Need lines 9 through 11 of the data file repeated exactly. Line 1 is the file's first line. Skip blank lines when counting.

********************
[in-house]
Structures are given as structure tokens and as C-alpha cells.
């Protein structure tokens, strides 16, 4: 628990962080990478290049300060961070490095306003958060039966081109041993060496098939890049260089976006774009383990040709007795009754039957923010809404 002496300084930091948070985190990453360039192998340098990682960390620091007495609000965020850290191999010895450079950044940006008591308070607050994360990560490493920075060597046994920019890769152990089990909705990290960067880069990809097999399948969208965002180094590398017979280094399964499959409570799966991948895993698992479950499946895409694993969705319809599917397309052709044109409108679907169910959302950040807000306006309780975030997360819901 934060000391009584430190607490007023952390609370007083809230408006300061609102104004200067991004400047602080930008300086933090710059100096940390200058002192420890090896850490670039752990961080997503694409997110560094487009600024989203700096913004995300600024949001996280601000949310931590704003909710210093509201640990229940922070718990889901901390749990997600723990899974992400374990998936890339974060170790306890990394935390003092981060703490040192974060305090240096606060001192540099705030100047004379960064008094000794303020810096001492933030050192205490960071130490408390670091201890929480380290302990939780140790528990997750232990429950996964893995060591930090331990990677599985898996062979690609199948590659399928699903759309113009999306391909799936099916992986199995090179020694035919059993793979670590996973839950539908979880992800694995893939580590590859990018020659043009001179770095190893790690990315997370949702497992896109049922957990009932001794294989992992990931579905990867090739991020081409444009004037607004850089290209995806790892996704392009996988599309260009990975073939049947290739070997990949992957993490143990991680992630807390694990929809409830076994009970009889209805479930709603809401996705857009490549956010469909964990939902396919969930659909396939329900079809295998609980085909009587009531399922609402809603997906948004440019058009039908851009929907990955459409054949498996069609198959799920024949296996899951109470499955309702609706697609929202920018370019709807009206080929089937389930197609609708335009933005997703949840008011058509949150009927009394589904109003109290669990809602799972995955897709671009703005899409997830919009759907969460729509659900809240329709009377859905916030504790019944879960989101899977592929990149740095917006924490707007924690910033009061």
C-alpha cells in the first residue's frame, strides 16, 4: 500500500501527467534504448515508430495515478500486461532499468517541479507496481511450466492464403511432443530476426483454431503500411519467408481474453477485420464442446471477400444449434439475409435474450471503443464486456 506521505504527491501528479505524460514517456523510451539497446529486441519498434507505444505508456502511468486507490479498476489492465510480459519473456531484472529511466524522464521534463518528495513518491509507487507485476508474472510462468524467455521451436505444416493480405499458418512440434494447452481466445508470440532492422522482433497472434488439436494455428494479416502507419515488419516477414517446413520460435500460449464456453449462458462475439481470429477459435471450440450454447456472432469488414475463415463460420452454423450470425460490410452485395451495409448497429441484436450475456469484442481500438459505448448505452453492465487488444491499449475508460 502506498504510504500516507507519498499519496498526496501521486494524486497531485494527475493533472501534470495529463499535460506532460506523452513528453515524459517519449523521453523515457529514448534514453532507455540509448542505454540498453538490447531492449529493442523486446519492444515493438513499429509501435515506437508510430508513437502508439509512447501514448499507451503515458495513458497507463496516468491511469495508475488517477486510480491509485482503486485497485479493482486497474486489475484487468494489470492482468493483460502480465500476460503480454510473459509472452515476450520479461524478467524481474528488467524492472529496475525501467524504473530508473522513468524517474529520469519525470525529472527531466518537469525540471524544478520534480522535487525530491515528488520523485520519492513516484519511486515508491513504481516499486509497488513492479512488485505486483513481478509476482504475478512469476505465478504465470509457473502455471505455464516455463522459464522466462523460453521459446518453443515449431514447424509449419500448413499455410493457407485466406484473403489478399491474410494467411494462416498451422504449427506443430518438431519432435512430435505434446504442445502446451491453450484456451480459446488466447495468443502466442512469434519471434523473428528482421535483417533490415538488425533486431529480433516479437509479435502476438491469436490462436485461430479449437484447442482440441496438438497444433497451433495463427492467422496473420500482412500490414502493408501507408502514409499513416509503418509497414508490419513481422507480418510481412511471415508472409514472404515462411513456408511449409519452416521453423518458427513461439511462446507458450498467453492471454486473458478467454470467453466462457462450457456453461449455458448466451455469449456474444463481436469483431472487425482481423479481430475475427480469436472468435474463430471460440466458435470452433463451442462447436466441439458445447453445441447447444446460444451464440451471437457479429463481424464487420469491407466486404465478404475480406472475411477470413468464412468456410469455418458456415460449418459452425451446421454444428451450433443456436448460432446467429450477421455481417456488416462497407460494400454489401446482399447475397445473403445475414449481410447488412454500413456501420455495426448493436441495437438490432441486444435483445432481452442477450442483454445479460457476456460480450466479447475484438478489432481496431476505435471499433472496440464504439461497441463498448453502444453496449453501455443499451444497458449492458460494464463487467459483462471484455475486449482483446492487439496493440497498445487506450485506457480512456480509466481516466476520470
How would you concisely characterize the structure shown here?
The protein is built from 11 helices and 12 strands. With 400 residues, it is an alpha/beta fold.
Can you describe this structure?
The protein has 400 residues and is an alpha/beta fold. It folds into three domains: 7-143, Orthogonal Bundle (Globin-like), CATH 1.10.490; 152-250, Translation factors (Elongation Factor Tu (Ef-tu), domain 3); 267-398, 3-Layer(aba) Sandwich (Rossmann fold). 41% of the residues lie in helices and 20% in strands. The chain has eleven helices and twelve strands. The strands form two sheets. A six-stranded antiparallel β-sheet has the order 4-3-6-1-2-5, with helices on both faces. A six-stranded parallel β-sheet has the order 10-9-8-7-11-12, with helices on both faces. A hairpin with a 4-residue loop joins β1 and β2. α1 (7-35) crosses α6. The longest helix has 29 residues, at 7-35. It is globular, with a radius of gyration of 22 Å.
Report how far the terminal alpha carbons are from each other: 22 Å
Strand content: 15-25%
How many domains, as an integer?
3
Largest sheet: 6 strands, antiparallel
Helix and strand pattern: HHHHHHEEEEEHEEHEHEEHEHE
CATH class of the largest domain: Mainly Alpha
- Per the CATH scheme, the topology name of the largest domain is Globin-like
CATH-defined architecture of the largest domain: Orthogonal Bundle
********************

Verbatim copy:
Report how far the terminal alpha carbons are from each other: 22 Å
Strand content: 15-25%
How many domains, as an integer?